Your eyelids have 20-25 tiny glands that line the edge of each eyelid.
Usually, these glands secrete sweat and oil that coats the surface of your eyes and eyelashes.
If one of these glands becomes infected or obstructed, a red, swollen bump can develop.
This bump is called a stye, or a hordeolum.
A stye often looks like a pimple or boil and is hot, sore, or tender to the touch.
Styes can be uncomfortable and unsightly, but they are very common.
They can usually be treated at home, and will go away within a few days or weeks.
Styes are usually not contagious, but there are times when you can spread the bacteria that causes them to others.
In this article, I’ll explain more about what styes are, what causes them, and whether they’re contagious.
I’ll also tell you how long a stye usually takes to go away, how you can treat it at home, and when you should see a doctor or health care provider about a stye.
What is a Stye?
A stye is a bacterial infection in your eyelid that presents as a painful red bump or lump on the inner side of the eyelid or edge of the eyelid.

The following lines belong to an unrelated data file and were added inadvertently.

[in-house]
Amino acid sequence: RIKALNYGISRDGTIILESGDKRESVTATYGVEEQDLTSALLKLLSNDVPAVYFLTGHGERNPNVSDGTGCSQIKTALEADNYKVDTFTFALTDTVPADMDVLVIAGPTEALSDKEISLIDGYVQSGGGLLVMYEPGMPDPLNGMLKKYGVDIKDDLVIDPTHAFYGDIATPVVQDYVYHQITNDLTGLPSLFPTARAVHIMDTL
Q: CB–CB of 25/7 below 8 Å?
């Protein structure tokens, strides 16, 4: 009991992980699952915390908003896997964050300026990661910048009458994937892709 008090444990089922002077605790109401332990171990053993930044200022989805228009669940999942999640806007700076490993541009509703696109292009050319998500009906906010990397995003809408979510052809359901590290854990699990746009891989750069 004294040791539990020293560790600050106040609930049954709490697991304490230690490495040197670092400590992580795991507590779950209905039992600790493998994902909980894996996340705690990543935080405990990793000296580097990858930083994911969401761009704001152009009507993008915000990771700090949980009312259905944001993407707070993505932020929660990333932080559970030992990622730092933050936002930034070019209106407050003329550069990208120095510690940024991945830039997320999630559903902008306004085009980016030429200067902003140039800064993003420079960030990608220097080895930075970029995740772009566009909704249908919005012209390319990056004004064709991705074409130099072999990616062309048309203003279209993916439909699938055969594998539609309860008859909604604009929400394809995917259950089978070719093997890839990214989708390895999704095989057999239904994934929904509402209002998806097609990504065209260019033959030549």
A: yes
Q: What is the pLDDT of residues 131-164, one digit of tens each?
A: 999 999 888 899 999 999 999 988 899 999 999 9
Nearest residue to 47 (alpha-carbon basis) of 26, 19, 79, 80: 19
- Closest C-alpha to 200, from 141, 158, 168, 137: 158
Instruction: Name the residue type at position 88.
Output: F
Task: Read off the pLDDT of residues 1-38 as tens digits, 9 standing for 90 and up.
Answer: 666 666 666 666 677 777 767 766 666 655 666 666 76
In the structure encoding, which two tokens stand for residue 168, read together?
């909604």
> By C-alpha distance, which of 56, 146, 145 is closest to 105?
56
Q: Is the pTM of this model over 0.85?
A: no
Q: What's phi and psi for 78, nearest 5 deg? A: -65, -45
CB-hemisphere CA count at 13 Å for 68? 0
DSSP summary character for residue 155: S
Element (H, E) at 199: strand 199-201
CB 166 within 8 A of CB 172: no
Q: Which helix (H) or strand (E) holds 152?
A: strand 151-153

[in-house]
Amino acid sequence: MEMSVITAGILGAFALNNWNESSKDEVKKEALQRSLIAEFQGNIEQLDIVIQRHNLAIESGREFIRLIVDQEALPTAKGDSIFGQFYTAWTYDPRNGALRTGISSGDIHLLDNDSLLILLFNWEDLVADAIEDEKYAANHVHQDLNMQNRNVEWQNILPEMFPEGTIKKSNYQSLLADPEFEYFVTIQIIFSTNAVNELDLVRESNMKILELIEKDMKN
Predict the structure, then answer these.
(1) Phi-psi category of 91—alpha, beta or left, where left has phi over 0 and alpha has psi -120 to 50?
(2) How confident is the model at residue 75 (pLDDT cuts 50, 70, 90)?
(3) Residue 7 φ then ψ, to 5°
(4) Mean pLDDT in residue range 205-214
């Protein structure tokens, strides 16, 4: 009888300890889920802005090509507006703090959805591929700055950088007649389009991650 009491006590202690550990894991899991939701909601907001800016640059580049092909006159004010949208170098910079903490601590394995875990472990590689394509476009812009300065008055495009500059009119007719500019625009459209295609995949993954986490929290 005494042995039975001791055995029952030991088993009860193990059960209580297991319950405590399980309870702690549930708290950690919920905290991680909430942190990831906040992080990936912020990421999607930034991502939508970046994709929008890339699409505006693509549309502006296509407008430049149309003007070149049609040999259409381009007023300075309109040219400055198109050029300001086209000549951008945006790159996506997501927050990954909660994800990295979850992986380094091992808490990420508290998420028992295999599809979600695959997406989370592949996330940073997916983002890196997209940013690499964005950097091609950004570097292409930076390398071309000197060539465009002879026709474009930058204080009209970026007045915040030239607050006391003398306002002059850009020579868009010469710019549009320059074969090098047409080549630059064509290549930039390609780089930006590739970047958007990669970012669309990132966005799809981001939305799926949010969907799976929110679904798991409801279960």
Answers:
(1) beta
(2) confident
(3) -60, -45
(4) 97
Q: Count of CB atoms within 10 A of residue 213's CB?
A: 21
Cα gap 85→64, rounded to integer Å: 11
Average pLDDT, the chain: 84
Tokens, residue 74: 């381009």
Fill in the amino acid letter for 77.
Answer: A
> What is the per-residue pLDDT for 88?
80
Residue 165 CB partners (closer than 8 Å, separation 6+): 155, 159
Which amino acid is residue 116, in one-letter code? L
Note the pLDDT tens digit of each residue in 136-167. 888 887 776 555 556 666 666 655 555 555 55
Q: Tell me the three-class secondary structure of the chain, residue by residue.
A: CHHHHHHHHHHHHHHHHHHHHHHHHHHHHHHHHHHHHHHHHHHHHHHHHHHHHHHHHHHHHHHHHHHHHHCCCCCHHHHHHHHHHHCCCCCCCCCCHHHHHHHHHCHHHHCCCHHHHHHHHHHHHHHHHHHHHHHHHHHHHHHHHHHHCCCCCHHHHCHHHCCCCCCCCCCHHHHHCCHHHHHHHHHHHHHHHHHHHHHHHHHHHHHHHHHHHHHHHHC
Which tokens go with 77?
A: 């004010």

Your eyelid contains more than skin tissue and eyelashes; it also has different glands that help keep parts of your eye moisturized.
Small oil glands called meibomian glands line the inside edge of the eyelid and keep your eyes from drying out.
Moll glands and Zeis glands are also located on the edge of your eyelid and produce oil that helps keep your eyelashes moisturized.
An infection can develop when a gland or follicle in your eyelid gets clogged with dirt, debris, or dead skin cells and can no longer function properly.
Over time, that infection develops into general irritation, pain, or swelling in the eyelid area, eventually becoming a localized, painful bump or red lump at the base of an eyelash or inside the surface of the lid.